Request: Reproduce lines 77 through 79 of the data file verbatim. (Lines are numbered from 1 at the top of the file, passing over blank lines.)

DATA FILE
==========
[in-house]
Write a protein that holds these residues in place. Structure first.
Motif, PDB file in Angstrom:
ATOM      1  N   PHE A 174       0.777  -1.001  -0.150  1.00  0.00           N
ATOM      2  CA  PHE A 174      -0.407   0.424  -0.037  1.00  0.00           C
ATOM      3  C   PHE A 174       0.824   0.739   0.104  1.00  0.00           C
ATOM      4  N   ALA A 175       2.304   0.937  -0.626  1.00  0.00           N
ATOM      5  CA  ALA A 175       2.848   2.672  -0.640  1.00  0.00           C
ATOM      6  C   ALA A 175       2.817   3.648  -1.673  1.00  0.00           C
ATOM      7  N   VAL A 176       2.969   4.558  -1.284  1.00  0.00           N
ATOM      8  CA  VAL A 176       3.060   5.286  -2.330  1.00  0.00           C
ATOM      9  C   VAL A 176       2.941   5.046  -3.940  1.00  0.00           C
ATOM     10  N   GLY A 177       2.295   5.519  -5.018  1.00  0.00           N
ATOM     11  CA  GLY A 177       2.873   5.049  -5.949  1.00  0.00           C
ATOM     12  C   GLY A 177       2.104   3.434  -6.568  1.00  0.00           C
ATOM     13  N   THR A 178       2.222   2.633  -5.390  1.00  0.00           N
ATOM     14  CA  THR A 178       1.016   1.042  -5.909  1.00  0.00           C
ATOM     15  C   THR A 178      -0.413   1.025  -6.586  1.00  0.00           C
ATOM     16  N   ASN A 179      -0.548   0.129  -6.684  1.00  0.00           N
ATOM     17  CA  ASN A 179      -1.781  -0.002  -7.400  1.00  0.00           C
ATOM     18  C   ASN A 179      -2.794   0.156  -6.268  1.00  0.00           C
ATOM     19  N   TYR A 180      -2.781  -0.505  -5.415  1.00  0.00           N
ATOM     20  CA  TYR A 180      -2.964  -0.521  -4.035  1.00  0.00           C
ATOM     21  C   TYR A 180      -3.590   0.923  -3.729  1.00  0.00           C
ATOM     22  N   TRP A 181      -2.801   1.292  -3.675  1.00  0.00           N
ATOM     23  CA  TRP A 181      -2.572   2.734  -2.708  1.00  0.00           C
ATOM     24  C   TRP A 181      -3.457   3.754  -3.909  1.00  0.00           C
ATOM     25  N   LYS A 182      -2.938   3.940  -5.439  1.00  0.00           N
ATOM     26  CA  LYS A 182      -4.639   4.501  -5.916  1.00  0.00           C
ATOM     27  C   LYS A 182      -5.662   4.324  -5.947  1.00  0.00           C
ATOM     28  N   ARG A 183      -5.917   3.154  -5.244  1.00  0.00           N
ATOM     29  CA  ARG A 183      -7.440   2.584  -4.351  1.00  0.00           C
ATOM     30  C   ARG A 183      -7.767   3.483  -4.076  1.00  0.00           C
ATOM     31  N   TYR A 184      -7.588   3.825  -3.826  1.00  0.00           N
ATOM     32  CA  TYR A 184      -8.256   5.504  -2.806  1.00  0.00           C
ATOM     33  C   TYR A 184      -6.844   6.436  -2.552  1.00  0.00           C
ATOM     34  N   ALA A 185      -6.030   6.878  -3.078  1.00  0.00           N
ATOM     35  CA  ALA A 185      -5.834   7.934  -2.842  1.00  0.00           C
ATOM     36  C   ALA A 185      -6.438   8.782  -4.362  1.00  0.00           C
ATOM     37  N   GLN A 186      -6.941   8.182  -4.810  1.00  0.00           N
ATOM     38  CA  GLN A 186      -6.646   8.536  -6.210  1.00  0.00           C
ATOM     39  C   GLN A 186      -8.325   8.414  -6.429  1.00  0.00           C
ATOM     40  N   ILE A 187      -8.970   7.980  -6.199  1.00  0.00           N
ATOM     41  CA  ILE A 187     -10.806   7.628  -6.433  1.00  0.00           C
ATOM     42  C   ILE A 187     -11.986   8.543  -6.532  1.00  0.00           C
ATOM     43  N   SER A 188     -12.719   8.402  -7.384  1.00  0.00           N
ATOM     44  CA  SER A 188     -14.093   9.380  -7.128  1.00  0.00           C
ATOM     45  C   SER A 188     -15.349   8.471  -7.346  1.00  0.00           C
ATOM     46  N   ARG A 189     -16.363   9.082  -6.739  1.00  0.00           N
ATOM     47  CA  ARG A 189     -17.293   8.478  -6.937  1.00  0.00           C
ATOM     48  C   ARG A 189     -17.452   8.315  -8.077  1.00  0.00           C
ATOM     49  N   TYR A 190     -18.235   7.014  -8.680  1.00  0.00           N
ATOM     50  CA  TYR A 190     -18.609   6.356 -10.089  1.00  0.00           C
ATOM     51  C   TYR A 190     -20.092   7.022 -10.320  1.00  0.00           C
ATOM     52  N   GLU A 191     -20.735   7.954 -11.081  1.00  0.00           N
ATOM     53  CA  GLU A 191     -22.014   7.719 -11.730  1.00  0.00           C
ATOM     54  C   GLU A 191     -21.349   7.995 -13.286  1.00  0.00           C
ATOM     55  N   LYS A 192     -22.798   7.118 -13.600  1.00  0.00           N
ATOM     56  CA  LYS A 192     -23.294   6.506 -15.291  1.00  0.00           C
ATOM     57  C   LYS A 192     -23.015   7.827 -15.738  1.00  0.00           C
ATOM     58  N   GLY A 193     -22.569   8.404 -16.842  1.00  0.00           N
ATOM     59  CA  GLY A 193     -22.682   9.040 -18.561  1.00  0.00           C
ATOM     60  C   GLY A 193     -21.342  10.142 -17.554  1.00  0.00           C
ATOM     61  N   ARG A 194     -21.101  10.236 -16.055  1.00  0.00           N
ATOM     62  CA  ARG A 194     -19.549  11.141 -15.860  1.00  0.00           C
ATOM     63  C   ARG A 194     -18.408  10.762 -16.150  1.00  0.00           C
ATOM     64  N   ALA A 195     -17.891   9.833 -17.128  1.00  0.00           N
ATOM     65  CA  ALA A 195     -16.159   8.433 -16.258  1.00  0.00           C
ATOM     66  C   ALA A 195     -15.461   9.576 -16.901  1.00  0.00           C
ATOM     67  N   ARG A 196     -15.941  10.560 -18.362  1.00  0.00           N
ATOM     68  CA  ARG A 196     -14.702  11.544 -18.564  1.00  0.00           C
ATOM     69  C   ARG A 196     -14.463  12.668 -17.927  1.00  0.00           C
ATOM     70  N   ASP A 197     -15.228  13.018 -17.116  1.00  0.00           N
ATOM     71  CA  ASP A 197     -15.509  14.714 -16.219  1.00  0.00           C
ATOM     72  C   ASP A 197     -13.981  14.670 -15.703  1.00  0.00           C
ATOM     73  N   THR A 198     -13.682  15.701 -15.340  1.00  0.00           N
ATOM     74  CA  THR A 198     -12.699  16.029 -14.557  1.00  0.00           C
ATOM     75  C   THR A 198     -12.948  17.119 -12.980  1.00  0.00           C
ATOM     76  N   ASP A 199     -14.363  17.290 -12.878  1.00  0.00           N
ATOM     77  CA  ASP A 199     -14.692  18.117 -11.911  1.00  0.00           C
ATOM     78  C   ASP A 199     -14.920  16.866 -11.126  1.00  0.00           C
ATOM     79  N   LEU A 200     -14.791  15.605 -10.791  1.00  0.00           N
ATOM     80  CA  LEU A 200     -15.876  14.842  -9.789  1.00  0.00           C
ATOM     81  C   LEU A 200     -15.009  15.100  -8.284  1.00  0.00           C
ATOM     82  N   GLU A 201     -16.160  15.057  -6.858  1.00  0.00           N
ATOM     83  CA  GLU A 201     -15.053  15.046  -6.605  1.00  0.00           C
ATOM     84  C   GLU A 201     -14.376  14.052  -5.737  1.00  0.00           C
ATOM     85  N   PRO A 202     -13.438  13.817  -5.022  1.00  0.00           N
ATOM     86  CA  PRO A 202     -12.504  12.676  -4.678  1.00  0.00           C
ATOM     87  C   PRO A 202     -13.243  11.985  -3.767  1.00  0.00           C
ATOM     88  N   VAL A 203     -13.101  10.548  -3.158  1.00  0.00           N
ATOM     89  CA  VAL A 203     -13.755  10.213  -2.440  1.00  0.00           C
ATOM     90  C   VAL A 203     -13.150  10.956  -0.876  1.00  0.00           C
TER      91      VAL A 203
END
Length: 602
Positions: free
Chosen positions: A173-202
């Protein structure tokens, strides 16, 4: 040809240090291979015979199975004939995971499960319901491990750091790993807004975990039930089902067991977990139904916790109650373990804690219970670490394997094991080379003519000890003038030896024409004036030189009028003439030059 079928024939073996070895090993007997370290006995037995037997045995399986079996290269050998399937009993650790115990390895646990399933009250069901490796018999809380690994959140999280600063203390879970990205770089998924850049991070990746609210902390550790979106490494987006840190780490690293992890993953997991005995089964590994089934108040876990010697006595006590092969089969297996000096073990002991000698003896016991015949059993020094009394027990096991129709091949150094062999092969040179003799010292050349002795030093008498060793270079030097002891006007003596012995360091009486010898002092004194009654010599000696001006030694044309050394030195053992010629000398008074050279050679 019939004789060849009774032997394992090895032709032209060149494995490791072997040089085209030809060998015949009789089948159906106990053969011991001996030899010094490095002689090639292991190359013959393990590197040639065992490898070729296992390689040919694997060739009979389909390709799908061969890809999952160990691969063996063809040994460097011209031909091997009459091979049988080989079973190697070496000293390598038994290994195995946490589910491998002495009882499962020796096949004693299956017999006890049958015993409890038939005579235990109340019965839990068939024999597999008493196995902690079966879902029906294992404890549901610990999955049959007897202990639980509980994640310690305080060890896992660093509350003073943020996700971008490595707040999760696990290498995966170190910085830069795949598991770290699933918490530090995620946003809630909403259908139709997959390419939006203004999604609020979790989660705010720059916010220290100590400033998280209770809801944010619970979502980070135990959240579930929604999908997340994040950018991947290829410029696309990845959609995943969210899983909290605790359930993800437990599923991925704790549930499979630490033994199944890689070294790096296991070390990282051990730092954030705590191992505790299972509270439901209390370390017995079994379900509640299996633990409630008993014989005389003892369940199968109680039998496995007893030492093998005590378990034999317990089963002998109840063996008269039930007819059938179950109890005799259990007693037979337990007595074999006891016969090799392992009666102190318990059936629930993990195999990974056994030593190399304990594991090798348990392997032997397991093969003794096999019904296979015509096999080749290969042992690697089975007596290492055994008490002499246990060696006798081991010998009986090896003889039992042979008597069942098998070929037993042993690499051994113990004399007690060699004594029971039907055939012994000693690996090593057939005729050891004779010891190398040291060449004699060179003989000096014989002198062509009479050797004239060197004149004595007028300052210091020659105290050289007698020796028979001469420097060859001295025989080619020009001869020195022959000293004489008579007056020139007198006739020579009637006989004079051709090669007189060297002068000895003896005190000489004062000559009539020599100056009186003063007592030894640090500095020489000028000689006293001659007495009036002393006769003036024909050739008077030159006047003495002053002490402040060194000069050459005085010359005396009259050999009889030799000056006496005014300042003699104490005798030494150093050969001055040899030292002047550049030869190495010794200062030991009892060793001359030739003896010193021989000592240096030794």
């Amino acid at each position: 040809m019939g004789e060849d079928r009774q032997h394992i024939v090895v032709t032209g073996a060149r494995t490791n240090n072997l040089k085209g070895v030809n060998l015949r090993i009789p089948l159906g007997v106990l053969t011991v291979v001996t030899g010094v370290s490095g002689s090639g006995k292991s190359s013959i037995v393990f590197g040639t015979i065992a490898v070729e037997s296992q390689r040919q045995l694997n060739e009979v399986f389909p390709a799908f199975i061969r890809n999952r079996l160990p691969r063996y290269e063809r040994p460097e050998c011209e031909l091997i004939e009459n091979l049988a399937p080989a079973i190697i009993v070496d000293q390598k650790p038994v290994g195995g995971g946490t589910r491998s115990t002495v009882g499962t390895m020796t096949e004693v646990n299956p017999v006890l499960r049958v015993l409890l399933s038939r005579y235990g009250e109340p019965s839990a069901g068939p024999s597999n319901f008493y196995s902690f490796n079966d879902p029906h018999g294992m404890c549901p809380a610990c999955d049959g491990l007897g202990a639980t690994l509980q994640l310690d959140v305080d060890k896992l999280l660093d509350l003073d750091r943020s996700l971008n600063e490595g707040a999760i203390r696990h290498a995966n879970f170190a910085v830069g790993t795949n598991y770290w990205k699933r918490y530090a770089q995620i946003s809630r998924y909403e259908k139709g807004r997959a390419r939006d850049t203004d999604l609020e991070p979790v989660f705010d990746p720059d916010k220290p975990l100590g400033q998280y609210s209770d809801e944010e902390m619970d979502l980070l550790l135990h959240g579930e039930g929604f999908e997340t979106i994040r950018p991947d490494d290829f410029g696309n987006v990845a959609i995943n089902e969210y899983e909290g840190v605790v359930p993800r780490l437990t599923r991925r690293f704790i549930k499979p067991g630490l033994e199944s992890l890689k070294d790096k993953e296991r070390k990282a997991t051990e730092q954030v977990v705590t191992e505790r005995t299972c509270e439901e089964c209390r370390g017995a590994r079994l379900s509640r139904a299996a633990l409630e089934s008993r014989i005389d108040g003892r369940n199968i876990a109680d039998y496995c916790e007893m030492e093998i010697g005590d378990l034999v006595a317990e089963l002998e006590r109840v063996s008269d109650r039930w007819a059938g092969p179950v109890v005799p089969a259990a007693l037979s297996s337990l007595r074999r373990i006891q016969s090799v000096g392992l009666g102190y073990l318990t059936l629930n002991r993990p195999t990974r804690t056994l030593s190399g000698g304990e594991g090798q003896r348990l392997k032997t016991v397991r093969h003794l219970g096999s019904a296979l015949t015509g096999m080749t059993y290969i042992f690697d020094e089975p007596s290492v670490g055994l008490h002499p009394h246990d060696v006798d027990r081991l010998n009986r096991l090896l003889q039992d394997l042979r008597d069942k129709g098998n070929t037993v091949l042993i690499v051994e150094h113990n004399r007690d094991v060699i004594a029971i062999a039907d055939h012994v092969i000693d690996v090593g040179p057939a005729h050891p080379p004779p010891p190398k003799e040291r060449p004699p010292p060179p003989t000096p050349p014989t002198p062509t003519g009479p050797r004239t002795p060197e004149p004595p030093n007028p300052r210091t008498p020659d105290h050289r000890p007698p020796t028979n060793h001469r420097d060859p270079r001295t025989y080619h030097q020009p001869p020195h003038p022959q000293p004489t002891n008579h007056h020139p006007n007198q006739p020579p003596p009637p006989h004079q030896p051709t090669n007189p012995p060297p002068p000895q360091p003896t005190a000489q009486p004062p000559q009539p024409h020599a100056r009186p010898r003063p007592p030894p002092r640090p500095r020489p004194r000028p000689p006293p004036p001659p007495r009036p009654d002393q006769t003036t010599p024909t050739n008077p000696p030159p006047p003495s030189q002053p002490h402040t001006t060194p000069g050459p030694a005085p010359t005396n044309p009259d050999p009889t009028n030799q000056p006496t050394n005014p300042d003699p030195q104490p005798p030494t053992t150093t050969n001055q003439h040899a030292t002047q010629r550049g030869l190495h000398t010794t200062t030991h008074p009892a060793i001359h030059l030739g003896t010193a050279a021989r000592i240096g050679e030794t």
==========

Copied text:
ATOM     74  CA  THR A 198     -12.699  16.029 -14.557  1.00  0.00           C
ATOM     75  C   THR A 198     -12.948  17.119 -12.980  1.00  0.00           C
ATOM     76  N   ASP A 199     -14.363  17.290 -12.878  1.00  0.00           N